Quick VBA Question on Dim

What are variables called that exist in VBA that are containers for items such as strings?

For example, Dim beh1 as string, Dim beh 2 as string
But let's say I have 20 behaviors and I have beh1 to beh20 and I would like to write a for loop that goes from beh1 to behN, where N is 20. How do I go about doing that?
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Of course you could build a function which returns a variable's value when its name is passed as a string:

Private Function Getbeh(ByVal sVarName As String) As String
    Select Case sVarName
        Case "beh1": Getbeh = beh1
        Case "beh2": Getbeh = beh2
        Case "beh3": Getbeh = beh3
        Case "beh4": Getbeh = beh4
        Case "beh5": Getbeh = beh5
    End Select
End Function

'Usage example:

    For i = 1 To 5
        Debug.Print Getbeh("beh" & i)
Are you thinking of arrays?

Dim beh(4) As String, i As Integer
    beh(0) = "a": beh(1) = "b": beh(2) = "c": beh(3) = "d": beh(4) = "e"
    For i = 0 to 4
        Debug.Print beh(i)
Maybe you're looking for a collection?

Dim Meh As Collection

Then For/Each?
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allenlo77Author Commented:
Both solutions would work for my question, but I am asking what is that beh1 called? For example if I wanted to combine beh and 1 to make beh1 that contains a string, how would I do that? What data type is beh? (The actual data type, and not what beh & "1" will contain, which is a string)
allenlo77Author Commented:
Am I clear on what I am trying to accomplish and ask? Or is the method I am asking impossible? I have not dwell into variants much yet..
No, it seems that you want to refer to variables by a name derived from a string and I don't think that can be done in VB. Variant variables can contain almost any data type, but you still have to refer to it by its name as a part of your code.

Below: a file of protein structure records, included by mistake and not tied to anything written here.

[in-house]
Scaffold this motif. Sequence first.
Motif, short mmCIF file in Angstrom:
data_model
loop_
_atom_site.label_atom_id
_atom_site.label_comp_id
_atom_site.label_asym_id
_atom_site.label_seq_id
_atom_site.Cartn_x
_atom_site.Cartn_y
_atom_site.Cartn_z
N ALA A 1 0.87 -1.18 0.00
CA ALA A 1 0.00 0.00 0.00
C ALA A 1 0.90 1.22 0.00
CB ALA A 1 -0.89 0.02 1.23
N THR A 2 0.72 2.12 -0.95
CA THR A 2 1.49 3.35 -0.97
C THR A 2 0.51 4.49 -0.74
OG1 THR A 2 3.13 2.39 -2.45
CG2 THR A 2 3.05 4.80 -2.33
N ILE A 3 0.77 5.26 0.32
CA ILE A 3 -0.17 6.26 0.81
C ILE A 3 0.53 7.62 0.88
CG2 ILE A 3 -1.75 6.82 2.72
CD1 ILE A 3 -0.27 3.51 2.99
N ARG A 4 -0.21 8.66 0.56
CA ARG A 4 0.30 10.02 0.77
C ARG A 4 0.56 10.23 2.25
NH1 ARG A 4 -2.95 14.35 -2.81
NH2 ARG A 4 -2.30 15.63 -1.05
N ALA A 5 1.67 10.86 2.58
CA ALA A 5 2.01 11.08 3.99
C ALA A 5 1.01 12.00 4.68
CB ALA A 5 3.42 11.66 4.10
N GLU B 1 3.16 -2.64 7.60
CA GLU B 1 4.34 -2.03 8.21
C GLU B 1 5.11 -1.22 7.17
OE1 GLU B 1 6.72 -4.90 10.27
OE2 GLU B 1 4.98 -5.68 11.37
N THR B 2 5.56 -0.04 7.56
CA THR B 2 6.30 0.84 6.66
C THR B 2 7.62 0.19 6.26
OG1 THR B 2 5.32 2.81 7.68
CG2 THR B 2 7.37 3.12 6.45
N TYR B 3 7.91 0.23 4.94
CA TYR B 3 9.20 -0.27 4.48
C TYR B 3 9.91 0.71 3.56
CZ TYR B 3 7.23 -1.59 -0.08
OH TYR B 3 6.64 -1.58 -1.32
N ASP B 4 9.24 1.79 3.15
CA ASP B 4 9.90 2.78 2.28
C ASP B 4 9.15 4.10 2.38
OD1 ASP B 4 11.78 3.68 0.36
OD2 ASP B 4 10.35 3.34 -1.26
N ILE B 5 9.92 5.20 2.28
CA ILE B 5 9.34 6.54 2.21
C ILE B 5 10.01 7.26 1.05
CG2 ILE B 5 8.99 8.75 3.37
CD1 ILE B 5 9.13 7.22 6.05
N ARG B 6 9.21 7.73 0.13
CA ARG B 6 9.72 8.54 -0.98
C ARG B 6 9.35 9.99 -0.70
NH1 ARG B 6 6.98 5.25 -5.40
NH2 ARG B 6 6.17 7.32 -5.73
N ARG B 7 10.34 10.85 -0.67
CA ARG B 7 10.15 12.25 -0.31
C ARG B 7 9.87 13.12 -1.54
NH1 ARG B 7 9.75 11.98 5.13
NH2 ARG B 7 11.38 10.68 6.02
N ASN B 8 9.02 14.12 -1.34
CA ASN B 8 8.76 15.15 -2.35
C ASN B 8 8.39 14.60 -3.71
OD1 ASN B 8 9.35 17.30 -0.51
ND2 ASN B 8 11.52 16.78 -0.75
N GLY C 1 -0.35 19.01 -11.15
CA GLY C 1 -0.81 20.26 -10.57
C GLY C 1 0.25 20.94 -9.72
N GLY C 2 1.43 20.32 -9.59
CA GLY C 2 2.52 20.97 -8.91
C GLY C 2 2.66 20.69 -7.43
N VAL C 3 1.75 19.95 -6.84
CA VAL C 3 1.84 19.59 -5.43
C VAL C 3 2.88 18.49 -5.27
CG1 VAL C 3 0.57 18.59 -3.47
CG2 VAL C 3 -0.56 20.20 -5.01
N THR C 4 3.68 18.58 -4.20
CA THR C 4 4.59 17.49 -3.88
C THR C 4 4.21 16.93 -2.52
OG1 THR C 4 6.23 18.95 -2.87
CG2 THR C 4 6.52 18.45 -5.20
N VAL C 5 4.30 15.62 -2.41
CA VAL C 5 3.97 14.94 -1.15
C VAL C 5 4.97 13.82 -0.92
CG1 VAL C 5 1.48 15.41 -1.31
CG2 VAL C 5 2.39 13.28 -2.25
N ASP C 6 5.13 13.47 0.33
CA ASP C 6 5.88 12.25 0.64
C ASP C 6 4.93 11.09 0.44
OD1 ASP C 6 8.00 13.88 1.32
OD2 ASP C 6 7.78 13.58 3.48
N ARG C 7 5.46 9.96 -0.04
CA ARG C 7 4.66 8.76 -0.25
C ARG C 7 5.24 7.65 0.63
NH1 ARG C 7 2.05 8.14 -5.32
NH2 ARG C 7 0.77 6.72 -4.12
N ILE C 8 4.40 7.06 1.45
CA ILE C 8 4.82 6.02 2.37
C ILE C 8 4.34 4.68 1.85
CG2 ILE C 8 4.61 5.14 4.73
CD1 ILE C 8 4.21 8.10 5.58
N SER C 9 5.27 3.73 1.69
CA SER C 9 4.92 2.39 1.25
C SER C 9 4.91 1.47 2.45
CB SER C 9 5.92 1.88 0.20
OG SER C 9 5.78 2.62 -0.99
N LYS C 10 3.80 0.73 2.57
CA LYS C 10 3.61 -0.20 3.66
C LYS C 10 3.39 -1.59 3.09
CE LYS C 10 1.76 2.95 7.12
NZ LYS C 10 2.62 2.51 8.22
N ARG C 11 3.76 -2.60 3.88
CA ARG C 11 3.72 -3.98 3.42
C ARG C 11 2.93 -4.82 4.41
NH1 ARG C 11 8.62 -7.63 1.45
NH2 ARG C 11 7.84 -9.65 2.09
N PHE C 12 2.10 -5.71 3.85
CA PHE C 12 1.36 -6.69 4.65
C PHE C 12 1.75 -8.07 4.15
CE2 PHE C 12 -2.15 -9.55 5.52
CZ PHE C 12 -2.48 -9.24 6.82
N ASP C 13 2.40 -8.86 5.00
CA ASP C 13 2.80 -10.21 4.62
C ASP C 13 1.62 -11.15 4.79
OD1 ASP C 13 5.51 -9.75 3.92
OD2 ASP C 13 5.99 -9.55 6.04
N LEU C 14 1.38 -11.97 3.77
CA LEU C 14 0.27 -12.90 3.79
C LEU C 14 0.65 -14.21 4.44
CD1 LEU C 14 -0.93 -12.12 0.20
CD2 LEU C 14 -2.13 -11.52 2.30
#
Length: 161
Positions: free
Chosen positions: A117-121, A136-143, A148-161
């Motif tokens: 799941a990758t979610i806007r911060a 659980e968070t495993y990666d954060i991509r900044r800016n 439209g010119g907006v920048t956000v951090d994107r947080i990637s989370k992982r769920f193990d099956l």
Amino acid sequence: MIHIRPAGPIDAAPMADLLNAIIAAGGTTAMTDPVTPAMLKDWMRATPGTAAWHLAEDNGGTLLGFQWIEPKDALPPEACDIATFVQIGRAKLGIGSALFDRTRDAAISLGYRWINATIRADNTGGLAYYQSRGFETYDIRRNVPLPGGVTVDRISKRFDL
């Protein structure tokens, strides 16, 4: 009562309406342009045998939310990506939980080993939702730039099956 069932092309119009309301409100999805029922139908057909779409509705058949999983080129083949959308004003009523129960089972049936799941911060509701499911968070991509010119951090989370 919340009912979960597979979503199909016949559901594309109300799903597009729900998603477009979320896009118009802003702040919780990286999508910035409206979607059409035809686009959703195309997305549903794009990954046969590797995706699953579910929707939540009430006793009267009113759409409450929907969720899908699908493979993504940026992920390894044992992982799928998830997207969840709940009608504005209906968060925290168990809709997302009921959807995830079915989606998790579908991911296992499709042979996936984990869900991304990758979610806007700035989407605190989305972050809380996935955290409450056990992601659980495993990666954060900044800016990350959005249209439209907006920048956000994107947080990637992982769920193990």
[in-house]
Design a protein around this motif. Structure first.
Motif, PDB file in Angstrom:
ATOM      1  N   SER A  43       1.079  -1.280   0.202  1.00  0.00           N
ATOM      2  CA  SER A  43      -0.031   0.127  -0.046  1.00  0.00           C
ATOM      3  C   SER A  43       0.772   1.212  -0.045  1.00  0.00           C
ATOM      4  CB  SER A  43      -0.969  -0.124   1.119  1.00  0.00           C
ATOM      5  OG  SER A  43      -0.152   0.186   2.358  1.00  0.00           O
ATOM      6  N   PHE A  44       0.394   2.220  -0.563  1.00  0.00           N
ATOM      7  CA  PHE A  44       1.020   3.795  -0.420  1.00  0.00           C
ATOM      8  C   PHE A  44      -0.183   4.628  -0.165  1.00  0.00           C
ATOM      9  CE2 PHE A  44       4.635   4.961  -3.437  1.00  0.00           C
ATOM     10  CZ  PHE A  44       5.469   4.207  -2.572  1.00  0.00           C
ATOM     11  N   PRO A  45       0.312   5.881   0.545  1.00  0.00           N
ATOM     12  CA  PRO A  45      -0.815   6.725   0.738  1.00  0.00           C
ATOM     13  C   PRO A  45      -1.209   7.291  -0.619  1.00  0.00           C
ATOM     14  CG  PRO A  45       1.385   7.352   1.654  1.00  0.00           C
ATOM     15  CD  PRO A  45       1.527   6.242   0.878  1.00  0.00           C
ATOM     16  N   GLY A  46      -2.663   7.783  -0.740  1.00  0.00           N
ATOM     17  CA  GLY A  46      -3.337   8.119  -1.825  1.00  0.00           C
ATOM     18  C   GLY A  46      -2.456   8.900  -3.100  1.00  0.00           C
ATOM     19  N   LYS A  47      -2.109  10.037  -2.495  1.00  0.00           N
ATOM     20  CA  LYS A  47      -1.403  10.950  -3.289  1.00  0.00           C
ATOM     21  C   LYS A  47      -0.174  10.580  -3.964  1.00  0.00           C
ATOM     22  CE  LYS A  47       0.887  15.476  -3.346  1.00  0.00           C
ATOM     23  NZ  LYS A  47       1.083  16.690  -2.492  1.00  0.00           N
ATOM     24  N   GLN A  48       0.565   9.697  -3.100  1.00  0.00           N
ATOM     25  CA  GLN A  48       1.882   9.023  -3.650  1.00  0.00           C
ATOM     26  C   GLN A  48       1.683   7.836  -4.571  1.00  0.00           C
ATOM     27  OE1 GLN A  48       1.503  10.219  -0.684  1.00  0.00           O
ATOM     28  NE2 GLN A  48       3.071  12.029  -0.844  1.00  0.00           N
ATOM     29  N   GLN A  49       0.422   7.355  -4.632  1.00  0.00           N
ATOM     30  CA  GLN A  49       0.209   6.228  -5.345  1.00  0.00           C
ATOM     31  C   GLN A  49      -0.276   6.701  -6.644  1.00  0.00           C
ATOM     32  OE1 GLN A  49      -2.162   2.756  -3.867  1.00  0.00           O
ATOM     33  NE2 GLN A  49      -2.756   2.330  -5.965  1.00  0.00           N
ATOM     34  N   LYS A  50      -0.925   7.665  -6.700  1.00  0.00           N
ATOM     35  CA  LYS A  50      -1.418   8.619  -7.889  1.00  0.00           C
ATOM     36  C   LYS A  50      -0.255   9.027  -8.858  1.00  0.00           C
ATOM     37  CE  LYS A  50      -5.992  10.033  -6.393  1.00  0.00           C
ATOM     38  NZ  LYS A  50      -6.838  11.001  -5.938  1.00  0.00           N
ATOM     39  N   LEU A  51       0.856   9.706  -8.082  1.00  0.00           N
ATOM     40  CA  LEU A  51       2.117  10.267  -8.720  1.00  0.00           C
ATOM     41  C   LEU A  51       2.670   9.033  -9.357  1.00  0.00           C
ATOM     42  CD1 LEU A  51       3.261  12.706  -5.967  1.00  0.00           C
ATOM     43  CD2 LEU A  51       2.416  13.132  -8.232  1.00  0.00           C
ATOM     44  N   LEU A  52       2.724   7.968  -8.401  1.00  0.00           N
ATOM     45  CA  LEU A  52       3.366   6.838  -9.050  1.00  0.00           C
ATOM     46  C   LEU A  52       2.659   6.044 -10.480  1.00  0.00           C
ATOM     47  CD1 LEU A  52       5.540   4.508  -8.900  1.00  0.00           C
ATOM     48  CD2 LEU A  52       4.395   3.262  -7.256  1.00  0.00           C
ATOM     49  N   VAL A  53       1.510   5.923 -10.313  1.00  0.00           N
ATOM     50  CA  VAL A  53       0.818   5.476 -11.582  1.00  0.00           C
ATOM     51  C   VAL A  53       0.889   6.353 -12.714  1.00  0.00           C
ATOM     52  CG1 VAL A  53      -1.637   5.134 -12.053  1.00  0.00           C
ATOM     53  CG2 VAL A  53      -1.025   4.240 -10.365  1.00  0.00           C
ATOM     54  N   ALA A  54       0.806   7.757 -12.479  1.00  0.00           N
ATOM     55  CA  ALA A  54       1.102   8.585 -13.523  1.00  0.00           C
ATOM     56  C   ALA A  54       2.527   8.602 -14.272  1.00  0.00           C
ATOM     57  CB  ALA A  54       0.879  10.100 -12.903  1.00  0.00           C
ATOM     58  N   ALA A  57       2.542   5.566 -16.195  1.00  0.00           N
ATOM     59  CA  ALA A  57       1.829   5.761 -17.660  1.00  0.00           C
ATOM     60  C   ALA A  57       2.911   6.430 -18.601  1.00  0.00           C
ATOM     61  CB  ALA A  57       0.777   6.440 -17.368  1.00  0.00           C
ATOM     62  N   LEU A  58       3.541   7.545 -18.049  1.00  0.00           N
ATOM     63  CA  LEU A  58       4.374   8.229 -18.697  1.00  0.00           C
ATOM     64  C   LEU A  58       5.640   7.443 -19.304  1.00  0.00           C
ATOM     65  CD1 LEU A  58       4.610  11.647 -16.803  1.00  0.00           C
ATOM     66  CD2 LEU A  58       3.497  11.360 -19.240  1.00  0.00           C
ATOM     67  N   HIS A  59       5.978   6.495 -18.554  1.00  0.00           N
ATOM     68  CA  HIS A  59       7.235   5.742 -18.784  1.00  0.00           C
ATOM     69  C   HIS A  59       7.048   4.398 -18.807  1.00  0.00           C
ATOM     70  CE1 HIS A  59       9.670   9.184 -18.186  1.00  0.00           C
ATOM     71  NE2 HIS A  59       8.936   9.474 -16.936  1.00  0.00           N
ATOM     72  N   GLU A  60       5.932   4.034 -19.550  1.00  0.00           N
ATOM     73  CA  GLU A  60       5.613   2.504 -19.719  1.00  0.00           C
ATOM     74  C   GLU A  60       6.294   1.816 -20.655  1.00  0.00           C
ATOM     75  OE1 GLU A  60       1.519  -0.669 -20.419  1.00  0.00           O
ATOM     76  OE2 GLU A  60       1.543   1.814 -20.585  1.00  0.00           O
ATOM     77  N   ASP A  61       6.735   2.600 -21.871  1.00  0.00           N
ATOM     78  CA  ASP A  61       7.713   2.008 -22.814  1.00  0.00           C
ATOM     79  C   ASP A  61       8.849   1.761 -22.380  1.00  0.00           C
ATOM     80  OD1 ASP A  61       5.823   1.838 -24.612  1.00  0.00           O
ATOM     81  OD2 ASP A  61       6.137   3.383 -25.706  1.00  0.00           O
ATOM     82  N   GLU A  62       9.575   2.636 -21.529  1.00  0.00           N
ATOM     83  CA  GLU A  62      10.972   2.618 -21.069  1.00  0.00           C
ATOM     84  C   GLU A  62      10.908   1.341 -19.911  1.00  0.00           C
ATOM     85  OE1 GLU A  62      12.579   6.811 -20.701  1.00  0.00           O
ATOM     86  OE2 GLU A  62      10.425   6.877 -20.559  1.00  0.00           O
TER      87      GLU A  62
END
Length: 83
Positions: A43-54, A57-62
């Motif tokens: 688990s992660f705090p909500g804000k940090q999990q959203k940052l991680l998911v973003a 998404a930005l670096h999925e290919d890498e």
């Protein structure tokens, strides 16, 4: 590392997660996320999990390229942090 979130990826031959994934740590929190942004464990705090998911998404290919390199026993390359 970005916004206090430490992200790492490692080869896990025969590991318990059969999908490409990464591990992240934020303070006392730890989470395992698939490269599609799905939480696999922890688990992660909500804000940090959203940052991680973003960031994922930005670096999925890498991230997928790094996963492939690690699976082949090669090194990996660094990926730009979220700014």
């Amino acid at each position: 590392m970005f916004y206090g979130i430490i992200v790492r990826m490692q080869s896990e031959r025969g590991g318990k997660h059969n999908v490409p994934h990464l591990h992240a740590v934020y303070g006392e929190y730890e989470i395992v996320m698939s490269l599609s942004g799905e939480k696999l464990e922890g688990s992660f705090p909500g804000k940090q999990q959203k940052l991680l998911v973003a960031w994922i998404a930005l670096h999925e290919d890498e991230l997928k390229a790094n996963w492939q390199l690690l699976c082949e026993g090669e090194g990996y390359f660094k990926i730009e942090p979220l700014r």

I do not know how far you are willing to go. And I do not know if it is possible. But if it this, it would be through allowing access to your VBA projects from code.

Goto Extra -> Macro -> Security and check the box "Allow access to Visual Basic-project" (I use a dutch Windows, so name could be different).
When it is enabled, you will have access to your visual basic project using: ThisDocument.VBProject

Things like codecompletion are very limited when you go there, so you'll need some sort of reference. Also, I must press on the security matter. That box is there for a reason, so you create a mayor security leak by enabling it.
If access to VBA Project proves impossible or too much effort, and collections can't solve your desire, you could also try dictionaries.

I've never used them in VBA, but they should allow some more flexibility then Collections.
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